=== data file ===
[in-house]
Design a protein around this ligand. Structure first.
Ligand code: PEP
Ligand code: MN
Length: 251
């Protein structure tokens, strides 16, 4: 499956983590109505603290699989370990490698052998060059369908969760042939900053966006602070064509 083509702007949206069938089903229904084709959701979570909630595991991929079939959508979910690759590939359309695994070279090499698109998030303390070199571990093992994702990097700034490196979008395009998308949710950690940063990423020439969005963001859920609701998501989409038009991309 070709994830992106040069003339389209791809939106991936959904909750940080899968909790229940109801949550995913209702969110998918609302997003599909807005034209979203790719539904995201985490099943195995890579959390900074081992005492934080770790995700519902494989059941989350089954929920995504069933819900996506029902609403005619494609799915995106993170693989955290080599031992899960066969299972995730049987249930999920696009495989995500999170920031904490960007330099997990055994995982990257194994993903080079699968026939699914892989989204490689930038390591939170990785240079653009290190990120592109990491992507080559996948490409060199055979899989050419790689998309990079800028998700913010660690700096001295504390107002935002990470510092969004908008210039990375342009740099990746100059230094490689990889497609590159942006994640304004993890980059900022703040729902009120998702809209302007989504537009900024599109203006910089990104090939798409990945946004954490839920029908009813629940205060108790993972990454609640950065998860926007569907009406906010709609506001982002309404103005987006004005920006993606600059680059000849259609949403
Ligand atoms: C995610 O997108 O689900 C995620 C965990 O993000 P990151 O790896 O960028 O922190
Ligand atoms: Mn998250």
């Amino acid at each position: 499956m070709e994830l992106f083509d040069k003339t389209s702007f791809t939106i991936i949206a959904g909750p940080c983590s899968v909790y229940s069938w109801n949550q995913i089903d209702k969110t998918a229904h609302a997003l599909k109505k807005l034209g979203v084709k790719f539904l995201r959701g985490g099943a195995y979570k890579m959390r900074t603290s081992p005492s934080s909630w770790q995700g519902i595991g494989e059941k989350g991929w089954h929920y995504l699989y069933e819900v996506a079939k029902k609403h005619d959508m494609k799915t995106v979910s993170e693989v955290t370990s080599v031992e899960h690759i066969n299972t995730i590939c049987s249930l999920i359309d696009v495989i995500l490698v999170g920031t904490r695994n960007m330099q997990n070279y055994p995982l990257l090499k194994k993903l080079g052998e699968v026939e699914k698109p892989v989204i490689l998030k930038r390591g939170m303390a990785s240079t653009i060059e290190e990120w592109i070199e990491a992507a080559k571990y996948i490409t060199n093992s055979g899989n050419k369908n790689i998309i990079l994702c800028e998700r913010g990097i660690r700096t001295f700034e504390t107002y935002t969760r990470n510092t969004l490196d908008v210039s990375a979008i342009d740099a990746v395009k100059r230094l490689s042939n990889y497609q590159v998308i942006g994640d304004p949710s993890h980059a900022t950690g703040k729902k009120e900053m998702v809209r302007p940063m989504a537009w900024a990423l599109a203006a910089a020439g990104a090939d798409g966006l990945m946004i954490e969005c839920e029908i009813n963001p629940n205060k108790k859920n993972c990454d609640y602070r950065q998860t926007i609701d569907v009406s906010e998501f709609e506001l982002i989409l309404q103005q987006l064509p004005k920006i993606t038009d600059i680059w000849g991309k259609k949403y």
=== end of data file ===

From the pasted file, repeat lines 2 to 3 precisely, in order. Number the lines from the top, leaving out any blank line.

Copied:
Design a protein around this ligand. Structure first.
Ligand code: PEP